Implementing and Monitoring an Organizational Knowledge Management Strategy at EngenderHealth

GHKC's Guide to Monitoring and Evaluating Knowledge Management in Global Health Programs was developed to describe key components of KM activities and help measure outcomes in learning and action. This resource is part of a series of case examples developed by GHKC members highlighting ways the Guide has been used and suggestions for future editions of the Guide.

Contact: Natasha Lerner, Program Associate, Research and Learning, EngenderHealth, (

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EngenderHealth conducted a cross-organizational needs assessment to inform the development of a knowledge management (KM) strategy. EngenderHealth’s KM strategy aims to be responsive to the needs of staff so that KM tools and resources can be used effectively and efficiently to increase staff and organizational  performance. To that end, EngenderHealth has interwoven a strong monitoring and evaluation (M&E) component into their KM strategy. They have been able to objectively and quantitatively document, and assess activities and outputs of KM. Through subjective and qualitative feedback, EngenderHealth have documented the positive outcomes and impact of KM across the organization. This case example illustrates some of the indicators EngenderHealth has used to monitor its organizational KM strategy and some of the challenges that still remain in demonstrating objective and quantifiable return on investment of KM activities.

EngenderHealth has objectively and quantitatively documented and assessed the activities and outputs of KM and through subjective and qualitative staff feedback, has documented the positive outcomes and impacts of KM at EngenderHealth.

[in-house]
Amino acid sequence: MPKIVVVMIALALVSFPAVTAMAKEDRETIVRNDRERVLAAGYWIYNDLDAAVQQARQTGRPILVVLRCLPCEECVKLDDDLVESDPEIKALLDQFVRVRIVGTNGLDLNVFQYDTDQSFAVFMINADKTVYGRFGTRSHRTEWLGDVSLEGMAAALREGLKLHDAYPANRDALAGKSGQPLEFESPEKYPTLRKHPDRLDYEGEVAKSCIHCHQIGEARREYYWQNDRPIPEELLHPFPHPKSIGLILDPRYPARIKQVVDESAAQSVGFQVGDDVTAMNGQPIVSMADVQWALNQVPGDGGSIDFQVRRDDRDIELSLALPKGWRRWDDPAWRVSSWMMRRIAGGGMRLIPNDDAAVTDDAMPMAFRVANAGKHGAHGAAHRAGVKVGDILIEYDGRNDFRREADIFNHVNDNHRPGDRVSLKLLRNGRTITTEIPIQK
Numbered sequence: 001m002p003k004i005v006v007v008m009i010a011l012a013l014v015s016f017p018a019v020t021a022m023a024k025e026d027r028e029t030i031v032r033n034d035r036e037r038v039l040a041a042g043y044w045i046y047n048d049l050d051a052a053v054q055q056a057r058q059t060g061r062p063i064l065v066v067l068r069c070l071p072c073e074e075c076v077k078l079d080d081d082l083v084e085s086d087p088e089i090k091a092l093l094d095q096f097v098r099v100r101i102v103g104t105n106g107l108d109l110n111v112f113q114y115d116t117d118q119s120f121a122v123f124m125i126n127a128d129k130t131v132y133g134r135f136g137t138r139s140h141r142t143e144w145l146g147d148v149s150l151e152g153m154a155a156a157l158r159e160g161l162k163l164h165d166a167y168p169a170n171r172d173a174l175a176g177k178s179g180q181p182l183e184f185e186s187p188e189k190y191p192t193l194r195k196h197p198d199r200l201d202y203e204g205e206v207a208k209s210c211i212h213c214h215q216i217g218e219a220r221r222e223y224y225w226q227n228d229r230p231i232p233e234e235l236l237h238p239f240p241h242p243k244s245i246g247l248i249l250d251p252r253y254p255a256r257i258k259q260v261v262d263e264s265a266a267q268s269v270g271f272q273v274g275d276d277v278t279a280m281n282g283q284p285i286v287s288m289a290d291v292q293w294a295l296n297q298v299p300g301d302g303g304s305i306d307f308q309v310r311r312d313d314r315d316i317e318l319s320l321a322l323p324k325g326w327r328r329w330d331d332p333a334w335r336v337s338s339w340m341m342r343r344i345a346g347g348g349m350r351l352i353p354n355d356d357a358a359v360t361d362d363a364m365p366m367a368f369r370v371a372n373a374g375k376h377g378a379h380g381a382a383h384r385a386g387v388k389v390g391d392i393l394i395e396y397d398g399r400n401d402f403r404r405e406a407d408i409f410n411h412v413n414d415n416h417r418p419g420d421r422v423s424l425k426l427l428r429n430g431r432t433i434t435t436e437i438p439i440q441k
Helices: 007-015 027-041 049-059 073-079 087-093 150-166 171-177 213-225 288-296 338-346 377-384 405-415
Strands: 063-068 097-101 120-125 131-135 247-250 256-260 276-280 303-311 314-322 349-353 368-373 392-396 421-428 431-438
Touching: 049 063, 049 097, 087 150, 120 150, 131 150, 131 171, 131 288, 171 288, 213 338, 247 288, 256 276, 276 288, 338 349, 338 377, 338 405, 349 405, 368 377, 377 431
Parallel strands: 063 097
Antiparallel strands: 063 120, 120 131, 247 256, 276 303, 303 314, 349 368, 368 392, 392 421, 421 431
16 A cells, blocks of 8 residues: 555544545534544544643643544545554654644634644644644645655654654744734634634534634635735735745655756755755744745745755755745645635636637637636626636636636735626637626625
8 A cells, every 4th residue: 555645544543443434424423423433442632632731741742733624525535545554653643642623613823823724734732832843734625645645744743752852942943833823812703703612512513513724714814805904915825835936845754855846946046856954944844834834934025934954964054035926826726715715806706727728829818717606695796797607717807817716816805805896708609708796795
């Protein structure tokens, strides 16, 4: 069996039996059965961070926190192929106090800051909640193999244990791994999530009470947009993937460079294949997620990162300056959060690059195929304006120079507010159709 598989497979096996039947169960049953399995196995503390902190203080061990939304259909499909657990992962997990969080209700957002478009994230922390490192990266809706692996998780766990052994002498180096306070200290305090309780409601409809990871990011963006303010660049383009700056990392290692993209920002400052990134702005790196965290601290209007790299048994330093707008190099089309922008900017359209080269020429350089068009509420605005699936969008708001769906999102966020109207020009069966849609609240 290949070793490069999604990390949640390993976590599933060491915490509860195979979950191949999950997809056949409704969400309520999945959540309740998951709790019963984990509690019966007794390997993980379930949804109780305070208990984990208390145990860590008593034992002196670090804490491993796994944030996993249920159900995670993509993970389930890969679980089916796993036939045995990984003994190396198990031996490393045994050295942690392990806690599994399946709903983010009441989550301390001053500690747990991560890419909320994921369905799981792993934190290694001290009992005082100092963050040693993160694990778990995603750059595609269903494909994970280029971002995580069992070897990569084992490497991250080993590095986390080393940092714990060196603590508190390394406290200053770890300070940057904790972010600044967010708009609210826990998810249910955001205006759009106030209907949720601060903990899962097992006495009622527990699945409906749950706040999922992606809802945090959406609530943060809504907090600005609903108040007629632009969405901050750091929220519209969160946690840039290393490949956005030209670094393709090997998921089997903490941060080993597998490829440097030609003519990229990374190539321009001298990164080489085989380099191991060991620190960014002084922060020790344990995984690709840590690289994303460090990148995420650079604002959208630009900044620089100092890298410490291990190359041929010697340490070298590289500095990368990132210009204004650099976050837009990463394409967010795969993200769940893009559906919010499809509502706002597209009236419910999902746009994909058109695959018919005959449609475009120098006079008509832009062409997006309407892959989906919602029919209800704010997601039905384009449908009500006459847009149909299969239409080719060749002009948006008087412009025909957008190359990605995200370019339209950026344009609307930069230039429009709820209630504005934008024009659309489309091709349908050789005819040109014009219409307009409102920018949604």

In May 2014, EngenderHealth conducted a cross-organizational needs assessment to inform the development of a knowledge management (KM) strategy. A full assessment is planned for every two years, a second survey took place in 2016. The needs assessment included questions related to attitudes, intentions, and practices of staff and their perceptions of KM at EngenderHealth. These results allowed EngenderHealth to develop a KM strategy grounded in strengthening the organizational culture of KM. As part of an overall strategy to improve KM, staff at headquarters developed and implemented an array of tools, resources, and initiatives, in an iterative and participatory manner to ensure that these tools and resources responded adequately to staff needs. Key tools, resources, and initiatives were designed to address both tacit and explicit KM needs in three areas: solidifying and training staff on organizational policies and standards, fostering an organizational culture and infrastructure growth, and developing standard tools and resources.  

Ensuring that KM strategies are relevant and effective
Like many organizations, EngenderHealth has paid increased attention to KM in order to increase staff and organization performance. Successful KM strategies are responsive to the needs of our staff, as well as agile and adaptable over time. This approach accelerates effective and efficient KM and in turn enhances organizational effectiveness. To build responsive, agile, and adaptable KM systems, EngenderHealth’s organizational KM strategy integrates robust monitoring and evaluation (M&E), which includes:

  • An indicator framework incorporated into KM standards and practices
  • Formal mechanisms to gather staff input, including web analytics and staff surveys of specific tools and initiatives;
  • Informal mechanisms to gather staff feedback by creating a learning culture where feedback is welcomed and actively solicited in an ongoing way;
  • A biannual staff survey to track progress on strategic KM goals and objectives;
  • Decentralized responsibility to country KM focal points for KM activities and M&E of those activities.